I had been recently working on Powerline communication modems (PLC). I put two PLC modems at different parts of my home and observed the data transfer rate between them. However, I observed that when I turned on an appliance in a home, I could see that there is a significant drop in the observed data rate. This should be attributed to the interference caused by turning on the appliance.
The following figure, which I also used in a poster that I recently published containing the same, shows the impact of different appliances on the data rate between the two end node.
The experiment involved turning on an appliance for 60 seconds and then turning it off for 60 seconds.
I was now trying to understand why such a behaviour was happening. So, went to the PLC modem manual and studied a bit. The PLC modem uses HomePlugAV standard and thus communicates in 2-28 MHz. I was able to observe the same on my spectrum analyzer, as shown below. Y axis is in dBm and X axis in Hz. The spectrum when PLC operates is clearly visible in the range of 2-28 MHz.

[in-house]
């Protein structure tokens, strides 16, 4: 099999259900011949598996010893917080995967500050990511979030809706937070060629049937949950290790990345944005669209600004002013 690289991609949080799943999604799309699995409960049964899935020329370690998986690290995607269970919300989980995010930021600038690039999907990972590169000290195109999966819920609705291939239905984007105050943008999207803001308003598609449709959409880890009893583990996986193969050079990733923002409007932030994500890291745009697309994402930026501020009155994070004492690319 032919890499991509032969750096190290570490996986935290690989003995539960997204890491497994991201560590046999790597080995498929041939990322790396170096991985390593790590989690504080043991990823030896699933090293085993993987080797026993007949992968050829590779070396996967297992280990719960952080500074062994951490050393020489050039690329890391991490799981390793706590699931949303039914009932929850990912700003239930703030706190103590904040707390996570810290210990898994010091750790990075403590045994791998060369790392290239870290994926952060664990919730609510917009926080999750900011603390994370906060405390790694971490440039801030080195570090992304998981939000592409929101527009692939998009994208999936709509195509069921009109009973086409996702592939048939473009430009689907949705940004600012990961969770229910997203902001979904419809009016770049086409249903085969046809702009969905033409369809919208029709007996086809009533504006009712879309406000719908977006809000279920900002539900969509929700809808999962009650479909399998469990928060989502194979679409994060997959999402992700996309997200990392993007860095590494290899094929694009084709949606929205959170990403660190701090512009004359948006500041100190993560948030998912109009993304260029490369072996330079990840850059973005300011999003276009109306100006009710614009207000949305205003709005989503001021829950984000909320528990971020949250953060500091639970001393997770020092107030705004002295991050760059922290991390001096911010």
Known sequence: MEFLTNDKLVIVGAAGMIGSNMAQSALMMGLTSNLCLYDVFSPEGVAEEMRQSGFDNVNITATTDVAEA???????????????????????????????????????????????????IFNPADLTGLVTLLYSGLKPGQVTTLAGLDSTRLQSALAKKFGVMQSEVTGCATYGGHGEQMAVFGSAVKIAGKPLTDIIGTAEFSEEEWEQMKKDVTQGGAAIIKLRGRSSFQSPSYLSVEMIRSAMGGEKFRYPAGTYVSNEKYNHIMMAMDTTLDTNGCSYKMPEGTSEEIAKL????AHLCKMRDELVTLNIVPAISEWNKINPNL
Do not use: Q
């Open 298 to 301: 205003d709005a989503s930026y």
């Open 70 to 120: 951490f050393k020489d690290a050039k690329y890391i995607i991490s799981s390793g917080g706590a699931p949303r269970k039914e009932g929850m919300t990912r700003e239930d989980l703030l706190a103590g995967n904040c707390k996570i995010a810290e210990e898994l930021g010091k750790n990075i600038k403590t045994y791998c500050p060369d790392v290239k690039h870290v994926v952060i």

However, next when I put an appliance in parallel (emulating the setup when PLC communication rate would drop in home, when an appliance was turned on), I could see no change in the spectrum. What I was expecting to see was a distinct spectrum on the spectrum analyzer- maybe some frequencies get chopped of. My reasoning was that there could be 2 things affecting PLC rate:
- Attenuation caused by appliance switching
- Interference caused at particular frequencies by appliance switching
However, I am not able to quantify either of the two from my spectrum analysis. So, my question is: How can I find out what causes the rate to drop. Previous studies on narrow band PLC attribute this to interference caused by operating appliances as shown in the figure below.
I am unable to see such a change on my spectrum analyzer however. So, my questions would be:
- Is this principally a correct way to measure the desired phenomena- drop in rate vs interference?
- Am I doing something wrong that my spectrum analysis does not show such effects?
- Is there a simpler way to measure this phenomena?
- Is the frequency domain analysis sufficient?
To sense the powerline, I am using a 60 kHz HPF with 50 ohm matching impedance. Other thoughts on the experiment also welcome.
Possibly related: How can power line devices be affected by a power supply?